Sarah, of course, promptly appears in the doorway of Mr. Smith’s office at 12:00 noon. Mr. Smith stands up and, in a cordial tone, greets her and asks Sarah to sit in an office chair as he sits directly adjacent to her. The office door remains open. The following dialogue occurs:

“Mr. Smith: Sarah, as you know, I wanted the Apex memo by today and you didn’t give it to me. Obviously something went awry. Let’s discuss it and see if we can figure out what happened.”

 “Sarah: Mr. Smith, I am so sorry. I really wanted to get you a great memorandum and to show you my ability, but when I started to work on it I didn’t fully understand exactly what you were looking for.”

 “Mr. Smith: What is it, Sarah, that you didn’t understand?

 “Sarah: I don’t think I understood the precise issues you wanted me to research. I also was very unsure as to what state’s law should be applied to these facts.”

“Mr. Smith: Why didn’t you ask me those questions as you started on the assignment?” “Sarah: To be honest Mr. Smith I was afraid to ask these questions because you might think I was stupid or something.”

 “Mr. Smith: Sarah, when you work for me there are no stupid questions. Our goal is to get the best work product we can in a timely fashion. You are only two years out of law school and are still learning. So, never be afraid to ask.

“Sarah: Thanks Mr. Smith. Now I know better and will not hesitate to come see you if I feel stuck.”

 “Mr. Smith: Good. That will be the rule we follow. Is there some way I could have been of more help to you when making the assignment?”

 “Sarah: Well, I really wasn’t sure of the due date. You said ‘a week or so’ and I didn’t exactly know what that meant. I know I should have asked you to be more definite.”

 “Mr. Smith: That’s a good observation Sarah. I’ll try to be more definite next time. Also do you think it would have helped to have a definite check-in date ahead of the due date so we could both see how you are progressing?”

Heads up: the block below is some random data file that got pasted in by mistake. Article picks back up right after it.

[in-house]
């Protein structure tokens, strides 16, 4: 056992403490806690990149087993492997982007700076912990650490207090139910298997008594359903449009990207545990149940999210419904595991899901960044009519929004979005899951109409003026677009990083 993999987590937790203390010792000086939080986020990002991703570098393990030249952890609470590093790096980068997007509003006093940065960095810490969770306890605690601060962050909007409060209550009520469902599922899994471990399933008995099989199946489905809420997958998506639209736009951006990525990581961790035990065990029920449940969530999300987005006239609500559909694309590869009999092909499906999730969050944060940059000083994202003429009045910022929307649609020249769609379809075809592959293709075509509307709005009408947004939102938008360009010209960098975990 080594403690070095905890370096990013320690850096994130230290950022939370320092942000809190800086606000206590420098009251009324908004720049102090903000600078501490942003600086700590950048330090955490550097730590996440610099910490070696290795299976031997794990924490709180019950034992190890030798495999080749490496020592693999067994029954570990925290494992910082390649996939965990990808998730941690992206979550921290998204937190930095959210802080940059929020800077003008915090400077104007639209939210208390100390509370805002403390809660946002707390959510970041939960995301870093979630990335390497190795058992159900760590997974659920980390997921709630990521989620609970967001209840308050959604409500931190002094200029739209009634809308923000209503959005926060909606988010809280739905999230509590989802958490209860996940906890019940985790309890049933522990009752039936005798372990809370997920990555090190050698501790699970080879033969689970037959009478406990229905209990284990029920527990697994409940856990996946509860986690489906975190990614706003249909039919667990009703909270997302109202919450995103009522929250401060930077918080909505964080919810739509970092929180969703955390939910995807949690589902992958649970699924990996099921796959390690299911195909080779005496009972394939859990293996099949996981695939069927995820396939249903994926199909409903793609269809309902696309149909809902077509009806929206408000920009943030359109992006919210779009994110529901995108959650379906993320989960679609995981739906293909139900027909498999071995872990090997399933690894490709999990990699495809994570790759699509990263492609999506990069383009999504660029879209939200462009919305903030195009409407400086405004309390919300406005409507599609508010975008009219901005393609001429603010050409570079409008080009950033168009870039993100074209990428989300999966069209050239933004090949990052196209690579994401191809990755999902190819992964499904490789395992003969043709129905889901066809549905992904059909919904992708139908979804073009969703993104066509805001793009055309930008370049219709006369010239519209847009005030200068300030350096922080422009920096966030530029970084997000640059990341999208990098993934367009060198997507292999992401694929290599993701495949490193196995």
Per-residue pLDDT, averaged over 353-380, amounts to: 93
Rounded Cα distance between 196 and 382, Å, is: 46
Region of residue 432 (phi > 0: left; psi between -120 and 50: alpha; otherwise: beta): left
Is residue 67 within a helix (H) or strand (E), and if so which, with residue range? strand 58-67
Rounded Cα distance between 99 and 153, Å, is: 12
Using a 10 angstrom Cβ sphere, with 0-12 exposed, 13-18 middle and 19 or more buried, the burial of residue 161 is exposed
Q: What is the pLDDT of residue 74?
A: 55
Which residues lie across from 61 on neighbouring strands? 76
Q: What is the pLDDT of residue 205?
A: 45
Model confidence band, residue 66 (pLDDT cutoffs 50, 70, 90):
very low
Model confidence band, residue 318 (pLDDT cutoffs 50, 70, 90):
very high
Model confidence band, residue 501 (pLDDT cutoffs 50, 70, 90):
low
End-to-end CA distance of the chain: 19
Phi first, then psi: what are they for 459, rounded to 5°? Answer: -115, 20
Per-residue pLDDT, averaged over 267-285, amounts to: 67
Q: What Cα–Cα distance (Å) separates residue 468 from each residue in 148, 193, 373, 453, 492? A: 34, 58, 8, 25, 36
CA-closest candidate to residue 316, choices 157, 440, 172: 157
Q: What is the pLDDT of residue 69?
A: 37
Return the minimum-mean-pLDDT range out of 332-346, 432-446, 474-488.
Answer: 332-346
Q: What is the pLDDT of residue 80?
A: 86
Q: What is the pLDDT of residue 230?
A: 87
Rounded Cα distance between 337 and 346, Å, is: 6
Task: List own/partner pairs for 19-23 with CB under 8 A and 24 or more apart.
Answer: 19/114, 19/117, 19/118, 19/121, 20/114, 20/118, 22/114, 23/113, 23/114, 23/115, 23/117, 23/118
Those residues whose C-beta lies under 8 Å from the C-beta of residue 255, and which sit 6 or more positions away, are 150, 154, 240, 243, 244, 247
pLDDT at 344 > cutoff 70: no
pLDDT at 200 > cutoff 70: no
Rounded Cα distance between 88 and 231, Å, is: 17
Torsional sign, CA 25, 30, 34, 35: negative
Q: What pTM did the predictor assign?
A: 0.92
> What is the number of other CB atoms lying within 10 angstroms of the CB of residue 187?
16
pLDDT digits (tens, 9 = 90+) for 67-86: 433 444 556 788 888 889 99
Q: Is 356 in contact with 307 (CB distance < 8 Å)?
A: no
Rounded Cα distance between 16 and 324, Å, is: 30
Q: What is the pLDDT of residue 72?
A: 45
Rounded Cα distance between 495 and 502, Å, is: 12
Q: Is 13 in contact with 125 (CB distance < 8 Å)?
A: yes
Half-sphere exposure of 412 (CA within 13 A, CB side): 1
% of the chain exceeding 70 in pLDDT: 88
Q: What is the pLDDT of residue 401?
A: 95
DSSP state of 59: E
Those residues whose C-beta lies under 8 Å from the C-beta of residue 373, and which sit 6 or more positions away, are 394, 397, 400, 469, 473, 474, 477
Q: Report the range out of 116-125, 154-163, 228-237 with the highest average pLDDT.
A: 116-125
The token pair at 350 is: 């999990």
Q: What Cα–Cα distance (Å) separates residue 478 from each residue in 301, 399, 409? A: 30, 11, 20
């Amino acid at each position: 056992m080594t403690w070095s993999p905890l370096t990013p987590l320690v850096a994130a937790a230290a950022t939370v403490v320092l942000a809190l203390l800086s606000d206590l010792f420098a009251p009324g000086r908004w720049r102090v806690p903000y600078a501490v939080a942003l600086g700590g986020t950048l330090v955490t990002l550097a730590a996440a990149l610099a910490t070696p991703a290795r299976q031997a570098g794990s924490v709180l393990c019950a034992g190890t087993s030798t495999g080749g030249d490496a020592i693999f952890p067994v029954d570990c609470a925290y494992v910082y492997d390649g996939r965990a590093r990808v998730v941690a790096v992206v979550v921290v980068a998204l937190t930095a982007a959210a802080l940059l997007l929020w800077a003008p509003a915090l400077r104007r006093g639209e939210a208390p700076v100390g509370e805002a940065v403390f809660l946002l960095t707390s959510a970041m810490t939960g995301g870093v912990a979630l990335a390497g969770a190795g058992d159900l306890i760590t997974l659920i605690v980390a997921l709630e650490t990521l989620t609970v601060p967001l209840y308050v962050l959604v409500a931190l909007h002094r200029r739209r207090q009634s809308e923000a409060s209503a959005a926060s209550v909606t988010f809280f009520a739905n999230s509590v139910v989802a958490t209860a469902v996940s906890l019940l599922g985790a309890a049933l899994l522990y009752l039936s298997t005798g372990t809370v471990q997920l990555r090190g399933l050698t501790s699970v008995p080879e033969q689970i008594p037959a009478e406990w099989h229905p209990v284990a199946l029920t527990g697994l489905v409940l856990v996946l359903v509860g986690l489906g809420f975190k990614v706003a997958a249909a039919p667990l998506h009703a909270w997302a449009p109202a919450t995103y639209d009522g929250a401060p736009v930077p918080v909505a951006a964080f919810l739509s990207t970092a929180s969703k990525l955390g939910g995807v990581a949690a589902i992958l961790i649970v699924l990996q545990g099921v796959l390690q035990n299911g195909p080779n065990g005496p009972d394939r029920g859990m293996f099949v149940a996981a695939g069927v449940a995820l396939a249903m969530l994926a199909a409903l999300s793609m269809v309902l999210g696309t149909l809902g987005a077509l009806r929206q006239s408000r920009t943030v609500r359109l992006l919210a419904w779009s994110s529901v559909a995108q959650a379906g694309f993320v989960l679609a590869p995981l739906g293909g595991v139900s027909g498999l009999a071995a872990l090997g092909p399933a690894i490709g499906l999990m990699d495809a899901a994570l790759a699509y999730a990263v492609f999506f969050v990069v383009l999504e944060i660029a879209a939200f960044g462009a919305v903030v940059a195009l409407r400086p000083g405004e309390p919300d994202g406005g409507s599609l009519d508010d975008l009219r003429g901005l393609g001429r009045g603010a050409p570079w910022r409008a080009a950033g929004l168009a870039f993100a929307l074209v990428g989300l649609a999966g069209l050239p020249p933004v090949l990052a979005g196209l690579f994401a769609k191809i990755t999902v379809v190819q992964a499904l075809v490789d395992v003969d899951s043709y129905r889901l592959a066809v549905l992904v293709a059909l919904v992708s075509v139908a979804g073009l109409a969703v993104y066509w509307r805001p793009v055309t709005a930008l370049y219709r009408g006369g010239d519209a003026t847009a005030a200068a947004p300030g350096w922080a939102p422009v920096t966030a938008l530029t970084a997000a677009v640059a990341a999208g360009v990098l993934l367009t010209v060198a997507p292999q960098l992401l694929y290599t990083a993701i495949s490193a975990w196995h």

“Sarah: Yes, that would have helped me a great deal.”

 “Mr. Smith: Anyhow, I didn’t get the memo and that left me in a difficult position with the client. Since I didn’t know how much progress you had made, I had to arrange for someone else to drop what he was doing and to give me a memo by early morning. You really left me no choice because Apex was waiting for an answer.”

 “Sarah: I really am sorry, Mr. Smith, for dropping the ball. That should not have happened, and I fully understand and appreciate what you had to do. But I assure you that this has been a good learning experience for me, especially on how I need to communicate with partners. Rest assured that this won’t happen again.”

 “Mr. Smith: I hope you have learned from this experience. Even I learned something about how to make my associate assignments clearer.

“Sarah: Thanks Mr. Smith. I am eager to have another opportunity to work with you.”  “Mr. Smith: Sarah, Smith & Jones hired you because we believed you have great potential as a lawyer. You went to fine schools and have an excellent track record of success.

Let’s hope that this experience is just an aberration. If this type of problem recurs we will have to reevaluate our relationship with you but I expect this won’t happen. I don’t want to understate the seriousness of what occurred.”

 “Sarah: I understand that I failed you in this instance but I appreciate your advice, instruction and words of encouragement. I hope we have a chance to work on something together real soon.”